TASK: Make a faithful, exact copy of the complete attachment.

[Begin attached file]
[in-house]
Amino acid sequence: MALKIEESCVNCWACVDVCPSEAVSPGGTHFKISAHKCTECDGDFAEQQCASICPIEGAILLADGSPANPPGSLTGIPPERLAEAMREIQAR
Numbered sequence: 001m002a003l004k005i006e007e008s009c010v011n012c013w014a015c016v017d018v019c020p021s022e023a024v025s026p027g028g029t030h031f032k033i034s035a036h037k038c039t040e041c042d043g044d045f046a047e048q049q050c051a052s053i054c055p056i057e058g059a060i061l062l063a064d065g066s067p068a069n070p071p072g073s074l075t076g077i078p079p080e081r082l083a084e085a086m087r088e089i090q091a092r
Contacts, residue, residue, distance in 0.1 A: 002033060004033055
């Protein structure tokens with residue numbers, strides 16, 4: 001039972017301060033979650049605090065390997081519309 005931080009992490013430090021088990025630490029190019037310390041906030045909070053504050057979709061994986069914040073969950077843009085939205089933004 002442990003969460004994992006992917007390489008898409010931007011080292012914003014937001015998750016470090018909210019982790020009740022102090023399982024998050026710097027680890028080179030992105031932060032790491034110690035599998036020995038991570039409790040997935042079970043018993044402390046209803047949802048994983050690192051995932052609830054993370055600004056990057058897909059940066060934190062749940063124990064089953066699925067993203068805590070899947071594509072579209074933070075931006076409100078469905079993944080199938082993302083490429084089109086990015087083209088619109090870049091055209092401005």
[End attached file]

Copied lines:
[in-house]
Amino acid sequence: MALKIEESCVNCWACVDVCPSEAVSPGGTHFKISAHKCTECDGDFAEQQCASICPIEGAILLADGSPANPPGSLTGIPPERLAEAMREIQAR
Numbered sequence: 001m002a003l004k005i006e007e008s009c010v011n012c013w014a015c016v017d018v019c020p021s022e023a024v025s026p027g028g029t030h031f032k033i034s035a036h037k038c039t040e041c042d043g044d045f046a047e048q049q050c051a052s053i054c055p056i057e058g059a060i061l062l063a064d065g066s067p068a069n070p071p072g073s074l075t076g077i078p079p080e081r082l083a084e085a086m087r088e089i090q091a092r
Contacts, residue, residue, distance in 0.1 A: 002033060004033055
């Protein structure tokens with residue numbers, strides 16, 4: 001039972017301060033979650049605090065390997081519309 005931080009992490013430090021088990025630490029190019037310390041906030045909070053504050057979709061994986069914040073969950077843009085939205089933004 002442990003969460004994992006992917007390489008898409010931007011080292012914003014937001015998750016470090018909210019982790020009740022102090023399982024998050026710097027680890028080179030992105031932060032790491034110690035599998036020995038991570039409790040997935042079970043018993044402390046209803047949802048994983050690192051995932052609830054993370055600004056990057058897909059940066060934190062749940063124990064089953066699925067993203068805590070899947071594509072579209074933070075931006076409100078469905079993944080199938082993302083490429084089109086990015087083209088619109090870049091055209092401005």